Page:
"Welcome back to fast money. Let's take one more look at the markets here, S&P 500 dipping into the red at the very end of today's session, robbing us of the 71st record close of the year as it stands. The index has notched 70 new all time closing highs along the way. That means that nearly 28% of all trading days this year have ended at a record high. And you're like this, they were plenty of opportunities to pick winners, but as the saying goes, you can't win them all. So now we decided to go around the horn. Each trader will give us one trade they knocked out of the park and one that was a swing and a miss. A guy we're going to start off with you. What's your miss? And retrospect my acronyms should have just been ah. Because I gotta tell you, Lisa Sue was killing it at AMD. And, you know, we've been on this one for a while, collectively. And ever since she took over, you know, that stock that was basically the only reason that existed years ago was so Intel one BM monopoly, well, the tides have turned clearly. And I think that will continue. And the one that I totally whipped on and just clearly I don't understand, is Texas Instruments, and I've been concerned about Texan on valuation and lack of growth, but the market doesn't seem to care. So AMD and the good side Texan on the bad side, melms. Dan, how about you? Yeah, so it's interesting. We were just talking about a lot of the innovation and you were just talking about the 70 new highs in the S&P 500. Interestingly enough now, the most innovative companies in technology fared very badly this year, despite all those new highs, despite the S&P being up near nearly 28%, when I came into this year, I said rather than some of these innovative names that I thought had all these great secular shifts going, but they're really expensive. I was looking Ethereum and that was the one in January that I focused on have been buying that on dips. Now the flip side of that is so far. And we talked about my abide trade and I really like the habitat. I like his framework for bringing innovative tech companies to the public markets through all of those spats. One of them was so far. This is a company that I really like and it came public through one of his spacs this year. I started buying it in the high teens and it hasn't been fantastic for me. It kind of finds support down there in that 14 to 15 level and that's where I added I added the other day to it. All right, Brian Kelly. Yeah, well for me, I'll go to the chip area first, so Nvidia, that was my hit. That one actually went well beyond even my expectations in video did well before we'd even knew that Facebook was going to change their name to meta and the metaverse was going to be a thing and more 3D chips were going to be a thing. I'm a little worried about it now because a lot of that has been played out, but that was a huge hit. On the miss side, it absolutely has to be silver. I really thought that with the inflationary pressures, the potential for a short squeeze, WallStreetBets getting into silver that we actually would have a nice outperformance in SLV, the ETF and to add insult to injury, I played it through options. So I just kept bleeding money all year. So that was my mess. Hi, okay, Victoria, how about you? Yeah, so our hit this year was Lowe's and obviously that was part of the COVID play. People remodeling their homes. We just heard the Angie CEO about an hour ago talking about remodeling of homes up 20% year over year. And with housing and inventory struggles we were seeing there Lowes did really well. You look at earnings up about 38% year over year, margin expansion stock buybacks. I think Marvin Ellison did a really good job with Lowe, so that's our hit. On the other side, unfortunately, we were underweight energy this year and energy being one of the best performing if not the best performing sector this year. But there were a few reasons we were doing that. One, there was concern about demand, not just during the hardest times of COVID that concerned about what people be driving back to offices and doing things. So concern about demand, uncertainty around supply, we saw all the headlines around OPEC and what was going on there. And then we actually have a lot of concern in regards to ESG with some of the energy companies. A lot of our assets that we manage at cross Mark have some type of a screening component to them, whether it's exclusionary or inclusionary screening. And the capital intensity that these energy companies are spending in order to try to get better scores on ESG to be included in funds. I think it is going to be a concern going forward. So we were underweight energy and that did not work well for us. All right, coming up, our traders.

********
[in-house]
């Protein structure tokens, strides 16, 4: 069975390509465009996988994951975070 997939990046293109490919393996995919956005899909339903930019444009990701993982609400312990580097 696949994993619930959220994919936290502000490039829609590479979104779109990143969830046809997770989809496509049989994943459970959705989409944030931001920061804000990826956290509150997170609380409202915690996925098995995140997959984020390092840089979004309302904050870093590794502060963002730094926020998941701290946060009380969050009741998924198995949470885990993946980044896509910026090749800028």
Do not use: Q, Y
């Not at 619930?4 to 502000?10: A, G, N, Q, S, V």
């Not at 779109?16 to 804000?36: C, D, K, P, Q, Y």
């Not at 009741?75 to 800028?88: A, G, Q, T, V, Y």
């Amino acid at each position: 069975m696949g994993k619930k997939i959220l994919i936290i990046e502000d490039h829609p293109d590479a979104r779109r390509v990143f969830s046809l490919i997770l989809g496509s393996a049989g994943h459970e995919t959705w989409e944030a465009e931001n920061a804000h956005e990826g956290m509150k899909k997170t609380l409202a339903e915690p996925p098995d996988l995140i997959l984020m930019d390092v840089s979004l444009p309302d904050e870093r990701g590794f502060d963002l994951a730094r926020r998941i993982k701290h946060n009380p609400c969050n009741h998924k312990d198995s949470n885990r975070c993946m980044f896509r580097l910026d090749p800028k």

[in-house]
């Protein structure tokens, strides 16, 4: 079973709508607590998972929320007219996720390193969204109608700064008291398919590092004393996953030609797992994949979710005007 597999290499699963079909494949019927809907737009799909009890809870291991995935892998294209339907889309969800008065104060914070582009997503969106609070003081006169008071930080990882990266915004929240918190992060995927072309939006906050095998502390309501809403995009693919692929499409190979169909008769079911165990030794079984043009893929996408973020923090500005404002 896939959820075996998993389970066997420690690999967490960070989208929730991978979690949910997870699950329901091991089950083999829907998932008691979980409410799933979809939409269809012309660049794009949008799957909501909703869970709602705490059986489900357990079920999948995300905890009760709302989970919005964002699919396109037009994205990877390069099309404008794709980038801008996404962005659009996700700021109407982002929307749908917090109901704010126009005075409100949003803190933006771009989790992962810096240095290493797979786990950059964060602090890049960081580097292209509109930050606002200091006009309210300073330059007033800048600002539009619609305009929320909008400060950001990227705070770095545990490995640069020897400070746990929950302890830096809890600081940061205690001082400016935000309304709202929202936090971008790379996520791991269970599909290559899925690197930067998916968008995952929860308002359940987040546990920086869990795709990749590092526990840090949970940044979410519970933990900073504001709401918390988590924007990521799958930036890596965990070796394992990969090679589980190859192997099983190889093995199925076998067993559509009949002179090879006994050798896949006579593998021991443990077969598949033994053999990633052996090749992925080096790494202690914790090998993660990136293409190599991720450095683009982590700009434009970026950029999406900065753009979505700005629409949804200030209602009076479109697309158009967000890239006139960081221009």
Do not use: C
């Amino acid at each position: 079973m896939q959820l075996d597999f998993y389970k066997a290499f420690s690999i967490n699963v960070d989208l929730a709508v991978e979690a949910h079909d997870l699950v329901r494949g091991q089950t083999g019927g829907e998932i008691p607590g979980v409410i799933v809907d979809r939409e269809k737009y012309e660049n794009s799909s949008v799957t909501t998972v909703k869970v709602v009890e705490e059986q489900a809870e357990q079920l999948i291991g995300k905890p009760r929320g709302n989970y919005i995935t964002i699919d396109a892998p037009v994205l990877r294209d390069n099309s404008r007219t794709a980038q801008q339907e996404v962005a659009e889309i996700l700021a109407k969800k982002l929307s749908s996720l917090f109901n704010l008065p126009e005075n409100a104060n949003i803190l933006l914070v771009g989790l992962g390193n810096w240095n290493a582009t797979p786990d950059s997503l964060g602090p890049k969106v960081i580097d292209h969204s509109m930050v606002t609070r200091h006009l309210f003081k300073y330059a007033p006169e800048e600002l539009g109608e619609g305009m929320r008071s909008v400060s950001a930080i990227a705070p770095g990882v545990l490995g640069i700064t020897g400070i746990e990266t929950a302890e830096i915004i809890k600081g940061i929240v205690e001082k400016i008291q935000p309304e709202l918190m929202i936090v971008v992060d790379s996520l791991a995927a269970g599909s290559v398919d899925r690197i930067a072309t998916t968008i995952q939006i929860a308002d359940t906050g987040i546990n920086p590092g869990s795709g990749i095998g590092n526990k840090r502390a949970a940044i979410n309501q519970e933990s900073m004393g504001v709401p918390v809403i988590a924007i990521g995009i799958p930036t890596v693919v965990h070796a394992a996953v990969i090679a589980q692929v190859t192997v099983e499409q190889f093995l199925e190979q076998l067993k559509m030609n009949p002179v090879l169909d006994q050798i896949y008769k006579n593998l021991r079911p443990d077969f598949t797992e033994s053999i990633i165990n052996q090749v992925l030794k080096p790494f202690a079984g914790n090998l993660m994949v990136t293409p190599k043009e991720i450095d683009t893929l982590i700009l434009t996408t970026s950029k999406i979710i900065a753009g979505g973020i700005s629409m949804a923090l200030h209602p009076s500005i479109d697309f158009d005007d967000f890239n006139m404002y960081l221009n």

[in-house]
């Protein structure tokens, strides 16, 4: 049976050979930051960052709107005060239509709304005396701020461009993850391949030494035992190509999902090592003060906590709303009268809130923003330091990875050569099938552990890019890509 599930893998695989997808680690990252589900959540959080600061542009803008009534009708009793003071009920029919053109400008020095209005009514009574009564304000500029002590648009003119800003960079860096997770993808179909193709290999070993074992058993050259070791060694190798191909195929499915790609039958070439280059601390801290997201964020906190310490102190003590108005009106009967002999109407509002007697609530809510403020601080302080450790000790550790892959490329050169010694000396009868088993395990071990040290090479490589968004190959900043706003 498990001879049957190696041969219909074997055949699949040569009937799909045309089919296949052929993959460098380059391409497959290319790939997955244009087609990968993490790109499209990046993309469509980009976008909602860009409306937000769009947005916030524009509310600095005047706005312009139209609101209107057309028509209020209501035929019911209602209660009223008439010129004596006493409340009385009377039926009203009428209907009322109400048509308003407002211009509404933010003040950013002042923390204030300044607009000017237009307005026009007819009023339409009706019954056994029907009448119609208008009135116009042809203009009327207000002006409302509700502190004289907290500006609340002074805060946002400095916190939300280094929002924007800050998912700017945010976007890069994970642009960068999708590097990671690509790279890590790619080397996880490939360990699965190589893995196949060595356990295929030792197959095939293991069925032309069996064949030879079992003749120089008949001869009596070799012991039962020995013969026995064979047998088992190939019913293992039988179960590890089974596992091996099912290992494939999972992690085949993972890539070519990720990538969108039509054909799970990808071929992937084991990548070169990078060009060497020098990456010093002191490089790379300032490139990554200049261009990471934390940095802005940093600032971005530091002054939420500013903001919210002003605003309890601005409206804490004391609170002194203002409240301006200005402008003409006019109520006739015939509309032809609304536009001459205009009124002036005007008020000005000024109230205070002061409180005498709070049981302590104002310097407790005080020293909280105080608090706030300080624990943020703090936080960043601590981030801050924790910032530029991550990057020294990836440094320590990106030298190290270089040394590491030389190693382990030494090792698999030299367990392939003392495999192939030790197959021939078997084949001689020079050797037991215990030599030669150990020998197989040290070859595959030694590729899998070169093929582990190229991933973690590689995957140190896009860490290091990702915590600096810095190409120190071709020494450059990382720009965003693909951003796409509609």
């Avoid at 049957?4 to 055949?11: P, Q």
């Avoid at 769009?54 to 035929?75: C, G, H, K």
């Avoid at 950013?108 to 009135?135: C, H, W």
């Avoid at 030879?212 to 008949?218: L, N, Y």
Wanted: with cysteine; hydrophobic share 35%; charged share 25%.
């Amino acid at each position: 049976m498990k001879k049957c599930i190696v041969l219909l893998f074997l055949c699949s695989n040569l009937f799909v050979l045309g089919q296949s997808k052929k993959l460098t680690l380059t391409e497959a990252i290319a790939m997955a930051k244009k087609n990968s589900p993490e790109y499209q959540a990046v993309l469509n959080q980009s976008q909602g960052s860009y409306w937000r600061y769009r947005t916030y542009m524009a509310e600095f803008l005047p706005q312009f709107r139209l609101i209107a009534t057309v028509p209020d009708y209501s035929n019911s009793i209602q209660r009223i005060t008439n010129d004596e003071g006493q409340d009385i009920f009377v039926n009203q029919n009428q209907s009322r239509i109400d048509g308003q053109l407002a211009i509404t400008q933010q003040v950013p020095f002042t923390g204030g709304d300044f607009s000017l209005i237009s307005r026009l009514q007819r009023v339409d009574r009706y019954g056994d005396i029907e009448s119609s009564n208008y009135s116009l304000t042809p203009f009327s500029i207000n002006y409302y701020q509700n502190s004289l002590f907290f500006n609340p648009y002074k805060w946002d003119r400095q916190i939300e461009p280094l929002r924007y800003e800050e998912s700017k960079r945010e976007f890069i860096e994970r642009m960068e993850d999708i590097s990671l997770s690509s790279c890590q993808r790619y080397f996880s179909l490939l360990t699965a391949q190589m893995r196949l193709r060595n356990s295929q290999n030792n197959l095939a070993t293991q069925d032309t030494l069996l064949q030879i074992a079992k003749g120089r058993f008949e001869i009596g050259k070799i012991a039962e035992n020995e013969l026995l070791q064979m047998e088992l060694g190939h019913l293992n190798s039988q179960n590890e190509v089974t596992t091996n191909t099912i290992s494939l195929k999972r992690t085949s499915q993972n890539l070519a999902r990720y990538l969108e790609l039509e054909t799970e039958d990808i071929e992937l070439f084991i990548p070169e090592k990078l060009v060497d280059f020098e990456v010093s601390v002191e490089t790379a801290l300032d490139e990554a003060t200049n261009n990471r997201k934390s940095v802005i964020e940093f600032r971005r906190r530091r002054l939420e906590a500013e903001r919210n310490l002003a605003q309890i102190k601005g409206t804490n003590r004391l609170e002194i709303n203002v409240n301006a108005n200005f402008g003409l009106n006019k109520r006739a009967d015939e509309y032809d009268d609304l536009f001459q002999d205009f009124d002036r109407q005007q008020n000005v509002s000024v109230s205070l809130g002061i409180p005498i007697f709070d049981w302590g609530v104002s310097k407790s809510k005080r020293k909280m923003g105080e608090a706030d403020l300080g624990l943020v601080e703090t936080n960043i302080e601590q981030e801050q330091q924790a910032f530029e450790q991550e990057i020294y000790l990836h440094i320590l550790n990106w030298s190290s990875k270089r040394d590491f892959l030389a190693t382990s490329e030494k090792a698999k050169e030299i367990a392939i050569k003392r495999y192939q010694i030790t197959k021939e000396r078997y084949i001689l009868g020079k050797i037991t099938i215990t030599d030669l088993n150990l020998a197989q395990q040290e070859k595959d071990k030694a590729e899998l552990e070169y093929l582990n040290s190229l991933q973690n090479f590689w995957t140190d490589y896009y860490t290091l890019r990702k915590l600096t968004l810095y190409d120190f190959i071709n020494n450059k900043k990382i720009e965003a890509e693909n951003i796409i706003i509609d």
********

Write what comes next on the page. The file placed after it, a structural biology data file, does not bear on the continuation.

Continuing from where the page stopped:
Lisa Sue Texan AMD S Intel Brian Kelly COVID Dan Lowe Texas Marvin Ellison Nvidia Lowes Facebook Angie Victoria OPEC